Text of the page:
Trusted partner

Alistair Brown, 08.08.2017
In support of the National Trust's Prejudice and Pride programme
What should we make of the fury directed at the National Trust’s Prejudice and Pride programme, which celebrates the LGBT histories associated with its properties?

The latest clash occurred this weekend, as the newspapers took up the cause of a group of volunteers at Felbrigg Hall who refused to wear a badge and lanyard featuring the Pride flag.

Enforced badge-wearing is a sensitive subject, and in the end the National Trust chose to make participation optional. But the press has had it in for the Prejudice and Pride programme since it was announced last year, and the badge issue was a mere pretext.

Witness some of the outrider arguments that were made about the project at Felbrigg Hall – the criticism that the National Trust was "outing" a private man after his death (homosexuality was illegal during his lifetime – the Trust has made a beautiful film on the subject); that the Trust had "rifled through his documents" (they had conducted historical research); that the programme is merely a marketing campaign (it’s the result of a joint research project with Leicester University).

Each looked less like principled argument against the programme, and more like naked prejudice against the airing of LGBT history. The MA wrote to the Daily Telegraph to complain about the coverage.

Shocking though this coverage was, it shouldn’t have been hugely surprising. In the views of sections of the press and a vocal portion of its supporters, the Trust is a keeper of staid country houses and well-manicured lawns – an apolitical organisation whose job is to freeze in time a particular, rose-tinted view of English country life.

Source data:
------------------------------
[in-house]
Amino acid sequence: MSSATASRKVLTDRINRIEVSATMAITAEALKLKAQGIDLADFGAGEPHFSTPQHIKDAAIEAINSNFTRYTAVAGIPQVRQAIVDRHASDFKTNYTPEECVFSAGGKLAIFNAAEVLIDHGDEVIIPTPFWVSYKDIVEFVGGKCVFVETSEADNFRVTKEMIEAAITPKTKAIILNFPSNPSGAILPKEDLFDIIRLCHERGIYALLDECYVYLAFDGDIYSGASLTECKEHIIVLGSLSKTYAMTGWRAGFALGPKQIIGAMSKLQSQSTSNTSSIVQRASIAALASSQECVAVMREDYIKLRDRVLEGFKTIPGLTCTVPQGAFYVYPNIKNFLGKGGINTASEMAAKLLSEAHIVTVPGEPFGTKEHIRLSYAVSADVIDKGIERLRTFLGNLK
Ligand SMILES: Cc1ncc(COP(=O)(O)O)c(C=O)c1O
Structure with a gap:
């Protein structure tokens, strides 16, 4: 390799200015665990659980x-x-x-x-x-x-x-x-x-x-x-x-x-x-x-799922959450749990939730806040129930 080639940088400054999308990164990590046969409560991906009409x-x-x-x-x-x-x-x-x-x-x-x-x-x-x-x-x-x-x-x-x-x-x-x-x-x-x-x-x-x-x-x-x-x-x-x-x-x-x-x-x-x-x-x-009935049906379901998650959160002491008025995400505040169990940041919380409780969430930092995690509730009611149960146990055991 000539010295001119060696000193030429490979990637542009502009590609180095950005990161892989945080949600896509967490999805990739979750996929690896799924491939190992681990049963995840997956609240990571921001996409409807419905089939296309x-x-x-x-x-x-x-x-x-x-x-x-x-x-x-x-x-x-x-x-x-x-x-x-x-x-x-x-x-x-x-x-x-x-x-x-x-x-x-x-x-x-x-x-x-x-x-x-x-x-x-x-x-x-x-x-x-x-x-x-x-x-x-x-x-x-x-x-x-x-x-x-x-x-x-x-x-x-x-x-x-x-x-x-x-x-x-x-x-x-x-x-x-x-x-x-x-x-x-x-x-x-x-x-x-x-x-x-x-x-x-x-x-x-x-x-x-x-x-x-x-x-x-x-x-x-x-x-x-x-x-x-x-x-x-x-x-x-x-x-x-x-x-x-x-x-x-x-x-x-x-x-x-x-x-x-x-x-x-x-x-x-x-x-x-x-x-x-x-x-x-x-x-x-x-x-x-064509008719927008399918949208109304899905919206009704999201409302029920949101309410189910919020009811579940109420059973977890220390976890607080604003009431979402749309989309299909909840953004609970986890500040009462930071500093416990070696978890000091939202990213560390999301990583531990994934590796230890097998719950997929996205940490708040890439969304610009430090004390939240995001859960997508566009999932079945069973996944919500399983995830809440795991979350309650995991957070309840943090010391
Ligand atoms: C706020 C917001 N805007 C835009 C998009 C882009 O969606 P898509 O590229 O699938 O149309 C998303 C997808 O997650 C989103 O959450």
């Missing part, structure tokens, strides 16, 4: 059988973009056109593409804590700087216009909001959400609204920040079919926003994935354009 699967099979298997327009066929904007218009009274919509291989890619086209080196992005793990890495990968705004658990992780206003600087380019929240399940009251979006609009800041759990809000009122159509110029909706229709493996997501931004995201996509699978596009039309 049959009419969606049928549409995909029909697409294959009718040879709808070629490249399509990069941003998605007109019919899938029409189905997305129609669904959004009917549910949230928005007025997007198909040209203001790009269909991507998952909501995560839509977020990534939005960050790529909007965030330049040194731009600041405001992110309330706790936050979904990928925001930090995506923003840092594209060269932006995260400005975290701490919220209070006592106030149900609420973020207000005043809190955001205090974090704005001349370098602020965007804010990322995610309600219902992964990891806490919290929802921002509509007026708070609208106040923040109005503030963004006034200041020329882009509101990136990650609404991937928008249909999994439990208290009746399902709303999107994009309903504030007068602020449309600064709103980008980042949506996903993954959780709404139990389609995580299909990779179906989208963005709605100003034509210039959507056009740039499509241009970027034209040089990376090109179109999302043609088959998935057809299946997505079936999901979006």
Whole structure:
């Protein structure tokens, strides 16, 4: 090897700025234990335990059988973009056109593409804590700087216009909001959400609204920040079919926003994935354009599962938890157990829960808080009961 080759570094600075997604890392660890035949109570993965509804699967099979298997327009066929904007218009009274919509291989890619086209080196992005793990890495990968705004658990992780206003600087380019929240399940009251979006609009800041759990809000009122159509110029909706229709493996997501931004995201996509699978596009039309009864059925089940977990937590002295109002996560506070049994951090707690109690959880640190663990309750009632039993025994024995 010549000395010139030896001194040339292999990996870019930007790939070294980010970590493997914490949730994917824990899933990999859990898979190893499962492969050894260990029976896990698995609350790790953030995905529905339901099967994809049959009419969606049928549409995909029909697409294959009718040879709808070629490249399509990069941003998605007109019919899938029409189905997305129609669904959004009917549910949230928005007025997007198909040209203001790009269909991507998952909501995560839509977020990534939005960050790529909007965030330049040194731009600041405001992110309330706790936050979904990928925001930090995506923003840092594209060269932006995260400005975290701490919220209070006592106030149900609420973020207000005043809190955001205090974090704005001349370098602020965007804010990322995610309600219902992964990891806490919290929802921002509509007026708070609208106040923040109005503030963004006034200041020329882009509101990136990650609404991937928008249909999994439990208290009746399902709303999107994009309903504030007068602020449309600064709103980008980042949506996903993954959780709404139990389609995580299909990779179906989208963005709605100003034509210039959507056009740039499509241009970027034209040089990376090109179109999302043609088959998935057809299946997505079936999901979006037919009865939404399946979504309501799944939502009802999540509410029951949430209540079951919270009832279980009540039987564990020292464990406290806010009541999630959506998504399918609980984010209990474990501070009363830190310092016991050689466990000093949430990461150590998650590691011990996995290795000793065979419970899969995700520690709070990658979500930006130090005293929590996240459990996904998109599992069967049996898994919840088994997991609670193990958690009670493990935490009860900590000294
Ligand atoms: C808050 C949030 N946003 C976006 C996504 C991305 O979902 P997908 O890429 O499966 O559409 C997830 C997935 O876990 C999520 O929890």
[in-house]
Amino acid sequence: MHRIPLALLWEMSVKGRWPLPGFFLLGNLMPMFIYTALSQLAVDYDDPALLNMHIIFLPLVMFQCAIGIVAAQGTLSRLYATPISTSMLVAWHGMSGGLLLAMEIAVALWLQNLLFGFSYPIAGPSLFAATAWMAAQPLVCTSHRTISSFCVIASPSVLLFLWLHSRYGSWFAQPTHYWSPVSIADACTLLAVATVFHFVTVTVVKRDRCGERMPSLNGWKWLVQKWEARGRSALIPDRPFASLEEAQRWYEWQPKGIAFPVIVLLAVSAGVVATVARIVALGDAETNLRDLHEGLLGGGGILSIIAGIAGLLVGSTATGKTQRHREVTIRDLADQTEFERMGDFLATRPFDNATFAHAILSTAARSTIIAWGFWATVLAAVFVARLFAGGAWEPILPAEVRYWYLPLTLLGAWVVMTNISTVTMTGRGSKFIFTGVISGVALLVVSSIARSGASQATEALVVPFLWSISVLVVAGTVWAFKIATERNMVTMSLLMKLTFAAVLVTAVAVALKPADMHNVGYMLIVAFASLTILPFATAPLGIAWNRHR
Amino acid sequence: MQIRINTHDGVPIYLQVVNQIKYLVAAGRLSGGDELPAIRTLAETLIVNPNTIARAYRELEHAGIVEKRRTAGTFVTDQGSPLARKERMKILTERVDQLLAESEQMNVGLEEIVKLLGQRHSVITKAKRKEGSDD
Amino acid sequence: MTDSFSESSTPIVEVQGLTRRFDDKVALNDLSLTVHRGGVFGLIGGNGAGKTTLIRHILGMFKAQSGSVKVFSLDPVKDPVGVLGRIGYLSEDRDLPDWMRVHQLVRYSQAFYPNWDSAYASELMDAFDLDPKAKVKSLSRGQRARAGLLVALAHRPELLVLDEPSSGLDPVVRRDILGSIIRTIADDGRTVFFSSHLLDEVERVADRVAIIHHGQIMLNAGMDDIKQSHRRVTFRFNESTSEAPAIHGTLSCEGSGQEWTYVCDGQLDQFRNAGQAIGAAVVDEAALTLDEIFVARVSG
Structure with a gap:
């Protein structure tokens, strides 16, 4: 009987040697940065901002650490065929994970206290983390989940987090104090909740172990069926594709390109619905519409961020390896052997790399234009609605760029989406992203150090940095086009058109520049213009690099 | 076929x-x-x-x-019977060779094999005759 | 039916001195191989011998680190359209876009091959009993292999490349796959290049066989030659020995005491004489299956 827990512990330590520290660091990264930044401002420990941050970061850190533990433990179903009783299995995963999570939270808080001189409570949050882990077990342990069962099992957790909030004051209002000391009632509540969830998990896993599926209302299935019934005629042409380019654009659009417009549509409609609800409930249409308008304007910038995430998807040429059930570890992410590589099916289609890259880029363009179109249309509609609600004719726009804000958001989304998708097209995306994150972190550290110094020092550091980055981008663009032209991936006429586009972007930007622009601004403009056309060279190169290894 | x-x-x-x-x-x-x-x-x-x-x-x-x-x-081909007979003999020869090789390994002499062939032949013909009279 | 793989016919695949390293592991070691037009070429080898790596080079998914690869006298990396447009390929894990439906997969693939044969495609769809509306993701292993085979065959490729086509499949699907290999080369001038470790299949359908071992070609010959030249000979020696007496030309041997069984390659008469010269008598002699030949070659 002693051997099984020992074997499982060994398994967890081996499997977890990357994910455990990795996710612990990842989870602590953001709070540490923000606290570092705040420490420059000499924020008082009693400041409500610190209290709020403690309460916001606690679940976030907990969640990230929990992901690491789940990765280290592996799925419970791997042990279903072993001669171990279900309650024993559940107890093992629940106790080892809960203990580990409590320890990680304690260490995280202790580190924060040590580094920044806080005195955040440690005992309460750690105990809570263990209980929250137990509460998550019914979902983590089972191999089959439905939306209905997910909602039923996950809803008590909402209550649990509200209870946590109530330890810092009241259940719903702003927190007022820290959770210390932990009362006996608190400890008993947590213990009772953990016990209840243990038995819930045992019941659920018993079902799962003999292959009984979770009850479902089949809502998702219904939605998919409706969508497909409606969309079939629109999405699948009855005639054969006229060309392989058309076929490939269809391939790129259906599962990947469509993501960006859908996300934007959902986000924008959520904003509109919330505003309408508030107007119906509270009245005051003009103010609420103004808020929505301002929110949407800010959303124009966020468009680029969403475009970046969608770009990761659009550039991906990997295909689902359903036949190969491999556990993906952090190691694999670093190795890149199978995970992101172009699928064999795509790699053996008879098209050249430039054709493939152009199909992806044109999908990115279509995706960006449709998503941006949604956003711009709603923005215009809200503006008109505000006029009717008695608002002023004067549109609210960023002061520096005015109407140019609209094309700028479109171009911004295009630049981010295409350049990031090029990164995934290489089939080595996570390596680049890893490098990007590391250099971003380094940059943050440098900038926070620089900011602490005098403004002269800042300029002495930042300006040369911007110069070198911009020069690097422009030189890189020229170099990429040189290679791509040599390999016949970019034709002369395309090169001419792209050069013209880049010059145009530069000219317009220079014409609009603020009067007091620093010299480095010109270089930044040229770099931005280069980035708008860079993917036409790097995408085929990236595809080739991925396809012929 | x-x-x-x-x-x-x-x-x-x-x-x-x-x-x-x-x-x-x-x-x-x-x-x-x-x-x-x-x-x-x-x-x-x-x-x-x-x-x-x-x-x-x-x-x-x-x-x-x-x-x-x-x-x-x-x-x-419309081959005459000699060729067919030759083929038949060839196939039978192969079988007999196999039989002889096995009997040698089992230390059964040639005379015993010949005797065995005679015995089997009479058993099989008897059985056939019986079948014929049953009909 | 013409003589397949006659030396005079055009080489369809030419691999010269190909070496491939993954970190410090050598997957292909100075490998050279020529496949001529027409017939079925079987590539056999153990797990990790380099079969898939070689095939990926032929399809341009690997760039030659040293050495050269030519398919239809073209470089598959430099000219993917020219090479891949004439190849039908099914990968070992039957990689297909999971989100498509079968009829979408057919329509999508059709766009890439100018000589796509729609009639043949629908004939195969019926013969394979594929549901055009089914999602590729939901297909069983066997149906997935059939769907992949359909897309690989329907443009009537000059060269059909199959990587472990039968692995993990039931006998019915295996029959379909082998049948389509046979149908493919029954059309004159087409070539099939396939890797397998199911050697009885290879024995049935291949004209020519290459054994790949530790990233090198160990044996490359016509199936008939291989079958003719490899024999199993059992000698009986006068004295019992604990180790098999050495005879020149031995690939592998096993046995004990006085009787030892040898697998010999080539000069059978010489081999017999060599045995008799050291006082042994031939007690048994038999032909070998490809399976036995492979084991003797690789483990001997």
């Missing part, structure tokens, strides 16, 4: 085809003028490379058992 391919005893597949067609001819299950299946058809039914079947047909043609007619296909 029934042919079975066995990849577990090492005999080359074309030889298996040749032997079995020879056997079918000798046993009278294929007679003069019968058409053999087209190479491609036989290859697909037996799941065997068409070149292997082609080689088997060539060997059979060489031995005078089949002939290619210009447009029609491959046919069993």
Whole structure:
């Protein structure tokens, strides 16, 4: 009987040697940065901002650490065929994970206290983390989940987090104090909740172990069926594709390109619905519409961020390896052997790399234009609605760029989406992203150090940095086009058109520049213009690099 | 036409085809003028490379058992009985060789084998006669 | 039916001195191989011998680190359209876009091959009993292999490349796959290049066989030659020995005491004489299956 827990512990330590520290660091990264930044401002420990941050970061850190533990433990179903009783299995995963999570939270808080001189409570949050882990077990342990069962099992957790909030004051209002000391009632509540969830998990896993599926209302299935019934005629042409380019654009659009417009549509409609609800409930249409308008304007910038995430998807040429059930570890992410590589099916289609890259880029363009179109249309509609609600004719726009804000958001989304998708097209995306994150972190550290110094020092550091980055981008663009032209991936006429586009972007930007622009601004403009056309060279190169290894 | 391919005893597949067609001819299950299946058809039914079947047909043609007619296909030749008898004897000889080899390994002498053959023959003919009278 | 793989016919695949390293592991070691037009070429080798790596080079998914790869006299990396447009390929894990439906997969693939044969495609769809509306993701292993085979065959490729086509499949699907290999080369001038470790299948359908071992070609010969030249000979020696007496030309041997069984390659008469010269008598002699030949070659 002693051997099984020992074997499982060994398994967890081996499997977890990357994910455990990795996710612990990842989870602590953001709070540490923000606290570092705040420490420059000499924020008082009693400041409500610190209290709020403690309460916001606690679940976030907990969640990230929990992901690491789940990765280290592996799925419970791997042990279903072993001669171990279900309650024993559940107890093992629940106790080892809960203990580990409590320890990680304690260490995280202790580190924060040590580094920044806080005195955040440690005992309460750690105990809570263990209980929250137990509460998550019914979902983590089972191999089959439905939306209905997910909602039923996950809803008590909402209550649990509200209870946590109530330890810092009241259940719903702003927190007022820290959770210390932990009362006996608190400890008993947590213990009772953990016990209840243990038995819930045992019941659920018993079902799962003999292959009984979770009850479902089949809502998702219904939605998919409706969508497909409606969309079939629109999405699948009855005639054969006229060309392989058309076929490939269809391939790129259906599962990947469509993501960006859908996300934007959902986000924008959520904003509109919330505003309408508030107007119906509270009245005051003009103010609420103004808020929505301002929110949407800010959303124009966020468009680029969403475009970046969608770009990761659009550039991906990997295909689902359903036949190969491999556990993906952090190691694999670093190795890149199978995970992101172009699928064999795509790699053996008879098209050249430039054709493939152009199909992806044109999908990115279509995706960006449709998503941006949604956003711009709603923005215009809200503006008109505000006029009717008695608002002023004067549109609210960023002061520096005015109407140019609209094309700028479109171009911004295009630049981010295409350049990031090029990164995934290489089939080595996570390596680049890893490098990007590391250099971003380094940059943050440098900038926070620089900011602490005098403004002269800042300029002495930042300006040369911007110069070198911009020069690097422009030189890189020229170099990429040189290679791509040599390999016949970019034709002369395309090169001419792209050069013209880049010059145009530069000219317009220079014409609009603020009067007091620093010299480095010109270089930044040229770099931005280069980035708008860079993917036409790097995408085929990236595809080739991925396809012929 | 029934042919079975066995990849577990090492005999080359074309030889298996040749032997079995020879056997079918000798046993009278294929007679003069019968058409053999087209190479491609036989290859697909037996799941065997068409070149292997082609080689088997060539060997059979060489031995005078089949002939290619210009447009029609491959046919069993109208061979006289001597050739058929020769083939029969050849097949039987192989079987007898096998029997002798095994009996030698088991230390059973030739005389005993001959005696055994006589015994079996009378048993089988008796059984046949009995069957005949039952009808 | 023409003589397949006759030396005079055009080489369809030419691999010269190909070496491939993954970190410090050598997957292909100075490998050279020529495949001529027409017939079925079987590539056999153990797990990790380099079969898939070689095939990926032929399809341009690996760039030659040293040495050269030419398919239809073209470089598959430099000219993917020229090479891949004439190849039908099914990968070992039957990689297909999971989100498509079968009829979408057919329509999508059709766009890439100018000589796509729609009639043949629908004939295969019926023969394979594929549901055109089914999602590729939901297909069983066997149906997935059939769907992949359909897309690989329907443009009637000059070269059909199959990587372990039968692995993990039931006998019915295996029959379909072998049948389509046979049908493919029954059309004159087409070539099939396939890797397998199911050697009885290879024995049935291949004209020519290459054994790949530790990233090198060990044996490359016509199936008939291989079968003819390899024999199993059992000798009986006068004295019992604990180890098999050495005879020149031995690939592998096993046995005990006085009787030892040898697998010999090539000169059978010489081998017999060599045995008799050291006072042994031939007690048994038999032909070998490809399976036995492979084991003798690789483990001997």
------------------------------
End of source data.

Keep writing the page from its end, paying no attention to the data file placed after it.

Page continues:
For them, asking volunteers to promote LGBT histories is "political correctness gone mad" and a betrayal of the Trust’s values. So is anything else that challenges the notion that the Trust exists solely to preserve, rather than to question, critique and adapt.

Museums undoubtedly face similar pressures: to avoid boundaries, to cover safe subjects, to deliver a script written elsewhere. For the most part, we’re good at sticking to our guns and demonstrating the legitimacy and importance of the stories that we tell. Look, for example, at the huge success of so many other exhibitions celebrating the 50th anniversary of the decriminalisation of homosexuality this year.

But we need to be clear as a sector – it’s not our job to be dictated to by the papers. No organisation that chooses to acknowledge and celebrate subjects such as LGBT history can genuinely be accused of betraying its values.

No museum should be dragged through the mud for conducting research that increases knowledge of an important subject. It’s vital, therefore, that we speak up in support of the Prejudice and Pride programme, and against the cheap criticisms levelled by its detractors.